United Nations: The boys said they approached the French soldiers because they were hungry. Some were so young they didn't quite understand the acts the soldiers demanded in return.
One boy, 8 or 9 years old, said he did it several times to the same soldier, "until one day an older kid saw him and told him what he was doing was bad." Another boy, 9, said he thought the soldiers had been urinating.
UN investigators heard such stories of sexual abuse from several boys in May and June 2014 in Central African Republic, where French soldiers were protecting a sprawling displaced persons camp in the conflict-torn capital, Bangui.
One year later, revelations about how the UN handled the boys' accounts have horrified people both inside and outside the world body.
Statements marked "strictly confidential" have shown that its top human rights officials failed to follow up for several months on the allegations their own office had collected.
Yesterday, the high commissioner for human rights, Zeid Raad al-Hussein, said his office was sending a team to Central African Republic to look into what the statement called "possible further measures to address human rights violations," including sexual violence.
The office also will ask "concerned states" what they have done to investigate them and prosecute anyone.
No arrests have been announced, and it's not clear where the accused soldiers, who were supporting a UN peacekeeping force, are now. The UN seems unable to say when the abuses stopped, or how long it continued to investigate.
On Friday, more documents were released by a non-governmental organisation run by two former UN staffers that's calling for an independent investigation into the case.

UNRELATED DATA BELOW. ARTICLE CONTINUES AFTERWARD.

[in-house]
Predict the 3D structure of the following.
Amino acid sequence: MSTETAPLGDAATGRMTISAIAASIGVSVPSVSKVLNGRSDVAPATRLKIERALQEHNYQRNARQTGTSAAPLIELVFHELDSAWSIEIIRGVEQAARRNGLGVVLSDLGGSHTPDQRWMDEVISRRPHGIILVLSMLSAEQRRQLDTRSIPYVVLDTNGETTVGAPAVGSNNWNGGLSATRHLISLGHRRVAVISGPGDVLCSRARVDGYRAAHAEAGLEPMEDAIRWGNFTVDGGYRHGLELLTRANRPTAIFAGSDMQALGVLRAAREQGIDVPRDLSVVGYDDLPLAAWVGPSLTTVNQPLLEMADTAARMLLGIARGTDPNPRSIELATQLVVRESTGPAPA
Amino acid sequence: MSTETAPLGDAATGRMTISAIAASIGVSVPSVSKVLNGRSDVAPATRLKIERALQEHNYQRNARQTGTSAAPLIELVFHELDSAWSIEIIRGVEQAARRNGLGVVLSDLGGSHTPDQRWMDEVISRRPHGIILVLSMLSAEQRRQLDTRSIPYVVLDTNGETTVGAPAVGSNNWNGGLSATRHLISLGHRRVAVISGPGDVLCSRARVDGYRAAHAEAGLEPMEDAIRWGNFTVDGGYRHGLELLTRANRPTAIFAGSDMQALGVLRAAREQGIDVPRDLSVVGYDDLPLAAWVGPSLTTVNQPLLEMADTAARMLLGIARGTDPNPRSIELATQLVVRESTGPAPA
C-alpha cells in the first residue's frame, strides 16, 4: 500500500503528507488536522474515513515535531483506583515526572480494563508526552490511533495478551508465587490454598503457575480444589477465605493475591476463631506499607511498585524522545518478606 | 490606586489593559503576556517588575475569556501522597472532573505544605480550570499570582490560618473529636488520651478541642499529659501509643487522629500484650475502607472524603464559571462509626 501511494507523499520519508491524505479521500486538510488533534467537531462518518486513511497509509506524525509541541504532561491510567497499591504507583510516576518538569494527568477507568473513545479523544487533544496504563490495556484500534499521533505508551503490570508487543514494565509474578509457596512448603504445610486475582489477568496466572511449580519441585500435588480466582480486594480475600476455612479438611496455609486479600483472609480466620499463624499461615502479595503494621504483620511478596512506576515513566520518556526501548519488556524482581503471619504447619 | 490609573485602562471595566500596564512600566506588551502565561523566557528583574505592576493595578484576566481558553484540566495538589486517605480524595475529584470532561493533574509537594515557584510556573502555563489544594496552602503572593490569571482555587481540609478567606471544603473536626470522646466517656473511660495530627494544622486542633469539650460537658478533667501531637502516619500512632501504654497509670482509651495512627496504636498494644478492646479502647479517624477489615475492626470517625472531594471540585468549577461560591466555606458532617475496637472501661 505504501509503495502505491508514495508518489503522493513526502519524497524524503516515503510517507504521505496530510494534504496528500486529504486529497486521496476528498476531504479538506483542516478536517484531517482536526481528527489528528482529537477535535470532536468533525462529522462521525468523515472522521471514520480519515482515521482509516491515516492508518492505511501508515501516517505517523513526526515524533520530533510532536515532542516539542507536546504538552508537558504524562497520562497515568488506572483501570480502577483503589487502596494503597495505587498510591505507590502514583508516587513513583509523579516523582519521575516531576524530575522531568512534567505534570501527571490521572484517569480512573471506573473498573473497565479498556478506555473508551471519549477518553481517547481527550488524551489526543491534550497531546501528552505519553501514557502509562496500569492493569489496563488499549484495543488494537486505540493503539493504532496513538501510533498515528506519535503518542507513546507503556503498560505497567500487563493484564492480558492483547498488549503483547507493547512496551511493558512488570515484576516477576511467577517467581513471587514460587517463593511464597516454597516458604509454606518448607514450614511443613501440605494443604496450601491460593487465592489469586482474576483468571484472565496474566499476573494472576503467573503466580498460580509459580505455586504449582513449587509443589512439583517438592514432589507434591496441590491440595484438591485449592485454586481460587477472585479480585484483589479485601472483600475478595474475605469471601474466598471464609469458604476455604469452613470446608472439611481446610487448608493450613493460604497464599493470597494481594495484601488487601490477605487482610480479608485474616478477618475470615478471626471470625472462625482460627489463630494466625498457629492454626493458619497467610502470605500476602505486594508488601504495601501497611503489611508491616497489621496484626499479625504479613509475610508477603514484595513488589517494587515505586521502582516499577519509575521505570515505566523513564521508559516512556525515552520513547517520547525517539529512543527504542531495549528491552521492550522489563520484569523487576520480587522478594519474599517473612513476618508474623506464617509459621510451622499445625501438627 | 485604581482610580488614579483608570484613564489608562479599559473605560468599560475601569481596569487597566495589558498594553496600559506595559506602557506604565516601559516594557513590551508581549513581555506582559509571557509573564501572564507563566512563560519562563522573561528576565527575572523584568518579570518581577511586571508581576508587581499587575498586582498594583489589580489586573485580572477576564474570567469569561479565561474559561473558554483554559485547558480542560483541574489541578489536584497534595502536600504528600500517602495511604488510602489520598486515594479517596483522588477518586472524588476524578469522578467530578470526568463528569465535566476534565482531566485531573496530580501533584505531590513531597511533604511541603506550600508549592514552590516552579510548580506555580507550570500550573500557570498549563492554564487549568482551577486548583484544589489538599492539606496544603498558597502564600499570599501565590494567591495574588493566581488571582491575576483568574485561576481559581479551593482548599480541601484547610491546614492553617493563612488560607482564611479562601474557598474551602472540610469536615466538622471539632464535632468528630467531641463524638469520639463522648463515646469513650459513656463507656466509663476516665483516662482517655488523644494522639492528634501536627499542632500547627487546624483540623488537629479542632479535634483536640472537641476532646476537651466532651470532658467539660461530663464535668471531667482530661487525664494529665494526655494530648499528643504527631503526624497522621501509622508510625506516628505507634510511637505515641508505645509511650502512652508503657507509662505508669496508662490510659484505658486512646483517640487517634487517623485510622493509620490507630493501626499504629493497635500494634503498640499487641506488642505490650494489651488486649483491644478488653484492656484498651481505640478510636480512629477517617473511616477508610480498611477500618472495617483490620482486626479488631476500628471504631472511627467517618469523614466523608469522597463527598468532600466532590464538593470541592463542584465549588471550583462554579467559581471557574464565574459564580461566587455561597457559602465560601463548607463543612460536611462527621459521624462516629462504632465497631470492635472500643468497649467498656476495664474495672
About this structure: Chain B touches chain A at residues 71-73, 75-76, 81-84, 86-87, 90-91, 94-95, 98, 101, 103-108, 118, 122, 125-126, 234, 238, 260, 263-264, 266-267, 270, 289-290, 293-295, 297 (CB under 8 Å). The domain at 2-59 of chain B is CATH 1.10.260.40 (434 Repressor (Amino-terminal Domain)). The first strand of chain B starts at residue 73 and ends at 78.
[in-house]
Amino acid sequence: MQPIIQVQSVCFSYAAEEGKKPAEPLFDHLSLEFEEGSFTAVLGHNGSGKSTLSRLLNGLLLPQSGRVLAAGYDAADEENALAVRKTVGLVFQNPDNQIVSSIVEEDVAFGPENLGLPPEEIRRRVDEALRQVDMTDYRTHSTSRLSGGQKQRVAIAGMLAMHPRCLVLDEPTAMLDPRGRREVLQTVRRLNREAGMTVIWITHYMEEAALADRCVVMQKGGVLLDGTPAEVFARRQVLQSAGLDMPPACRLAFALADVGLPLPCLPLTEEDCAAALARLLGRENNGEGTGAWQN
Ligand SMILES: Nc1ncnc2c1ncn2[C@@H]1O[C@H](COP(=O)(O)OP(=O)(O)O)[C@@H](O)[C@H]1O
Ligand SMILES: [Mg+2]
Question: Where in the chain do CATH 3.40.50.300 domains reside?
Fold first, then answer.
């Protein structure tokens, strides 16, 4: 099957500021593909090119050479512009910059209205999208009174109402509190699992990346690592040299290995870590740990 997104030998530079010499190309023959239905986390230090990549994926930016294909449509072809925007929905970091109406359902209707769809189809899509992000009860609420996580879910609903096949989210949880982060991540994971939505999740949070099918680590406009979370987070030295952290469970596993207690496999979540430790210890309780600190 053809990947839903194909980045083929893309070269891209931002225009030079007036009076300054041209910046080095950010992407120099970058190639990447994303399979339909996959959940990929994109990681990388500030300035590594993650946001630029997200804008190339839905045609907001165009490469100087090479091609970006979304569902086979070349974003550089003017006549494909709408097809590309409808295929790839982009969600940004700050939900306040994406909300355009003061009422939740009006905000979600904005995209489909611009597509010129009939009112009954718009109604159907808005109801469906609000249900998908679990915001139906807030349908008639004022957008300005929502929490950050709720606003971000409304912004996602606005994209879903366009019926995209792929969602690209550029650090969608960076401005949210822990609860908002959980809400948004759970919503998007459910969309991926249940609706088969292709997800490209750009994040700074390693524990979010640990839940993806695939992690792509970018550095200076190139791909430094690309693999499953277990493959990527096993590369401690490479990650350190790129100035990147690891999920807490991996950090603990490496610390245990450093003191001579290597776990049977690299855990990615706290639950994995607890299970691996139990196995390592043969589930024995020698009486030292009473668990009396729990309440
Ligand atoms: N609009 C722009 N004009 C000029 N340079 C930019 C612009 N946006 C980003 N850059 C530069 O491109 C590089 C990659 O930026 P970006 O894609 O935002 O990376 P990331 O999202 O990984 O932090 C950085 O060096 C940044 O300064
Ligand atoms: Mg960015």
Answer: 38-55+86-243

The documents show UN officials scrambling not so much to help a French inquiry into the allegations but to investigate the human rights staffer who told French authorities in the first place.
A separate report with the children's allegations, obtained by The Associated Press, says the first account was heard May 19 by a human rights staffer and a UNICEF child protection officer. The interviews continued through June 24.
A Geneva-based human rights staffer shared the report with French authorities in July.
The boys' accounts are simple and stark. An 11-year-old said he had gone "looking for empty wrappings to play with" when a French soldier first called him over, later giving the boy food and a little money in exchange for oral sex.
Another boy, 9, "had been severely beaten by his mother when he told her what had happened."
When approached by French authorities in Bangui, UNICEF referred them to the UN's legal office in New York. UNICEF also gave the UN's special representative for children and armed conflict information about the cases on July 16, UNICEF spokeswoman Najwa Mekki, said in an email yesterday.